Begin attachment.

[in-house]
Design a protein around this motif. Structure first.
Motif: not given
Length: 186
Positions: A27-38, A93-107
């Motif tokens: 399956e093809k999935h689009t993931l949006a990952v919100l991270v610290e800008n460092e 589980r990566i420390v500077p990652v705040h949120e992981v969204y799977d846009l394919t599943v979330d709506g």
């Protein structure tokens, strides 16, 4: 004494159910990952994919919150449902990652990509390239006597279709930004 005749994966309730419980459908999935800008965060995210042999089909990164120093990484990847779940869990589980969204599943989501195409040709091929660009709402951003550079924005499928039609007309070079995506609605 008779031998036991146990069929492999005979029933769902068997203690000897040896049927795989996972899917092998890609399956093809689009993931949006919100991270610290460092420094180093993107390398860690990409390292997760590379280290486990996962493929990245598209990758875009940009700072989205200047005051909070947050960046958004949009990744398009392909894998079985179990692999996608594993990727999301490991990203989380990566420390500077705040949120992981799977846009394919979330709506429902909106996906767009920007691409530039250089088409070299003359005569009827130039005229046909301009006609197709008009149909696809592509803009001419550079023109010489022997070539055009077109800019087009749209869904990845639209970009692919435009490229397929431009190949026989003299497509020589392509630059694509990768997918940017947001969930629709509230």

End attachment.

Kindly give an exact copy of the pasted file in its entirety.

[in-house]
Design a protein around this motif. Structure first.
Motif: not given
Length: 186
Positions: A27-38, A93-107
């Motif tokens: 399956e093809k999935h689009t993931l949006a990952v919100l991270v610290e800008n460092e 589980r990566i420390v500077p990652v705040h949120e992981v969204y799977d846009l394919t599943v979330d709506g």
């Protein structure tokens, strides 16, 4: 004494159910990952994919919150449902990652990509390239006597279709930004 005749994966309730419980459908999935800008965060995210042999089909990164120093990484990847779940869990589980969204599943989501195409040709091929660009709402951003550079924005499928039609007309070079995506609605 008779031998036991146990069929492999005979029933769902068997203690000897040896049927795989996972899917092998890609399956093809689009993931949006919100991270610290460092420094180093993107390398860690990409390292997760590379280290486990996962493929990245598209990758875009940009700072989205200047005051909070947050960046958004949009990744398009392909894998079985179990692999996608594993990727999301490991990203989380990566420390500077705040949120992981799977846009394919979330709506429902909106996906767009920007691409530039250089088409070299003359005569009827130039005229046909301009006609197709008009149909696809592509803009001419550079023109010489022997070539055009077109800019087009749209869904990845639209970009692919435009490229397929431009190949026989003299497509020589392509630059694509990768997918940017947001969930629709509230």